In 2007, then Immigration Minister Kevin Andrews acknowledged the obvious:
“Some groups don’t seem to be settling and adjusting into the Australian way of life as quickly we would hope”, Mr Andrews said, “it makes sense to put the extra money in to provide extra resources, but also to slow down the rate of intake from countries such as Sudan.”
The Age deemed Andrews a racist:
This is an unpleasant and inflammatory statement that effectively singles out one ethnic group as deserving not just extra help, but punishment of sorts.
Victoria’s then chief commissioner of police was even more pointed:
[Sudanese are not], in a sense, represented more than the proportion of them in the population.”
A police multicultural liaison officer agreed: “There’s an under-representation of the Sudanese in crime stats.”
Victorian police have conceded Melbourne has a problem with African street gangs, after earlier insisting there were no gangs in the city, as the State Government rejects criticism it has dropped the ball on the problem.
Police Minister Lisa Neville today defended the Government’s handling of youth crime after the Federal Government yesterday said “African gang crime” was out of control in Melbourne because of lenient state policies.
Sudanese refugee Nelly Yoa is totally unimpressed:
As a South Sudanese man who personally knows and mentors members of youth gangs in and out of prison, I firmly believe we have a major issue among young South Sudanese people in Melbourne.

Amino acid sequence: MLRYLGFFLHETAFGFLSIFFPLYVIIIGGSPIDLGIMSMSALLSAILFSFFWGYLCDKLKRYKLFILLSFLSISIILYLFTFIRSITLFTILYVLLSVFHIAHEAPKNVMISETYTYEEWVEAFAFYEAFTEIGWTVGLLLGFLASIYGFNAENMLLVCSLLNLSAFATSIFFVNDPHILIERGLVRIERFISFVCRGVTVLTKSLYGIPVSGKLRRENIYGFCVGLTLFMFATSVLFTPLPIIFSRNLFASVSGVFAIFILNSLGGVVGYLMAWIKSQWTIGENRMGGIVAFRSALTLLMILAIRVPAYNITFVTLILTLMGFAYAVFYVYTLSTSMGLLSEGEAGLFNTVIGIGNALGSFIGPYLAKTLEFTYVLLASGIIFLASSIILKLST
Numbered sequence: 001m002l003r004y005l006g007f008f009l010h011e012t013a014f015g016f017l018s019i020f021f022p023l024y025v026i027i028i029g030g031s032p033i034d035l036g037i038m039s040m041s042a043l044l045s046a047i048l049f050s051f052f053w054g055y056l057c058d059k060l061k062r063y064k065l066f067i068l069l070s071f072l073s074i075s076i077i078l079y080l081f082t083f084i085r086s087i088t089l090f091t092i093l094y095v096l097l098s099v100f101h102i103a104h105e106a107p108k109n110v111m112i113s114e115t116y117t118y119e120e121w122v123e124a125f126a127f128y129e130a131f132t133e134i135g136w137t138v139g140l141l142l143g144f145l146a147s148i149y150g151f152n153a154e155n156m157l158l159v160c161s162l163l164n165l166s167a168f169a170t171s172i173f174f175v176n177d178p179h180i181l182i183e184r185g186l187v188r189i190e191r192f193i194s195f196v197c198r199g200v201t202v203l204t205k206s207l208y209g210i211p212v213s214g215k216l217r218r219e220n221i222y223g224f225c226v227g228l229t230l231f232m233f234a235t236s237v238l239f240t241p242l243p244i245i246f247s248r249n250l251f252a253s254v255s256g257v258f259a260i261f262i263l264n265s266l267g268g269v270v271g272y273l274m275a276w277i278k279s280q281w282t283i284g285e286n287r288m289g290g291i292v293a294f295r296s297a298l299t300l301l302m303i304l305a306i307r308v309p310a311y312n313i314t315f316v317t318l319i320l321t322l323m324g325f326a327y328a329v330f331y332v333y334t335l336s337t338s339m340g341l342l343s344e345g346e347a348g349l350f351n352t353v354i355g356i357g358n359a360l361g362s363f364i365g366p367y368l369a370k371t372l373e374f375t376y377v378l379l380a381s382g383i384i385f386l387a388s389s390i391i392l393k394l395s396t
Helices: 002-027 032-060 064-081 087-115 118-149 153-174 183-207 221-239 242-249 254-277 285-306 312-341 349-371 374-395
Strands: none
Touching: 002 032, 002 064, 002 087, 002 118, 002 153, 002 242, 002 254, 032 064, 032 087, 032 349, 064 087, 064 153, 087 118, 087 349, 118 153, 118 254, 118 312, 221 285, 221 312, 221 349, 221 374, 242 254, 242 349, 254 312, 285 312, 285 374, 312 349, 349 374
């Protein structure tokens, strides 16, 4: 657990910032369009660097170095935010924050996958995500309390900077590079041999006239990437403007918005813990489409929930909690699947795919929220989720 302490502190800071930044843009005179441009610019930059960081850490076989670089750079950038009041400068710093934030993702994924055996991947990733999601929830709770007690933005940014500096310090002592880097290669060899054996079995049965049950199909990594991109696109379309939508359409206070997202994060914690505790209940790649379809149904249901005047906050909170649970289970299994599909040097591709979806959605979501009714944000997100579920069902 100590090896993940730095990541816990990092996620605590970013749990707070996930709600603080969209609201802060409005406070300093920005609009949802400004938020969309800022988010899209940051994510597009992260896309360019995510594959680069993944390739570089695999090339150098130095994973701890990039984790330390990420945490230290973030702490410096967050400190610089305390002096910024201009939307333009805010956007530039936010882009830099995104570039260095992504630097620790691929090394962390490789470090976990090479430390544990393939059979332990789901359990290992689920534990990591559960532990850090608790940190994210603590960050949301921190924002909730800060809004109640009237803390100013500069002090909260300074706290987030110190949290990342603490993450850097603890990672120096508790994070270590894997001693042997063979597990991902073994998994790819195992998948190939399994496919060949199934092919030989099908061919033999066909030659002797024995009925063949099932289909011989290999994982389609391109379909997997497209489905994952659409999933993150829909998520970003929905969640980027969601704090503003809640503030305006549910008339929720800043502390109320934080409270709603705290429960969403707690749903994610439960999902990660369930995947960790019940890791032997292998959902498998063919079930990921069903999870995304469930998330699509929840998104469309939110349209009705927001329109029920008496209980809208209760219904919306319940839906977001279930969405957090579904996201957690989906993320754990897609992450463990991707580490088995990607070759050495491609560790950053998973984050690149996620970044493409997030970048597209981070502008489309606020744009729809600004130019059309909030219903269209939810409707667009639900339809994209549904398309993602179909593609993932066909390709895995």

After watching the horrendous and appalling behaviour committed by my fellow South Sudanese youth in the past few weeks, I am furious – and in total disbelief – to hear our top cop and government officials say there are no Sudanese gangs in Melbourne.
A startling admission follows:
Keep in mind that some parents of offenders are not aware that their teens are in custody. The reason is because many Sudanese families have more than eight children and many of them are raised by a single parent.
No comment from me lest I be labeled racist.
Update: South Sudanese “community leader” – how, exactly, was this title bestowed? – Richard Deng denies the existence of gangs and immediately follows-up with the perfect description of gang organisation and behaviour amongst African youth:
“To be honest with you there are no gangs in Victoria,” he said.
“There are just a group of young kids who are going together in a group and they are terrorising people because they are going in a group.”
“These are young people who like to make a name for themselves to look tough in front of the Victorian police, for example.”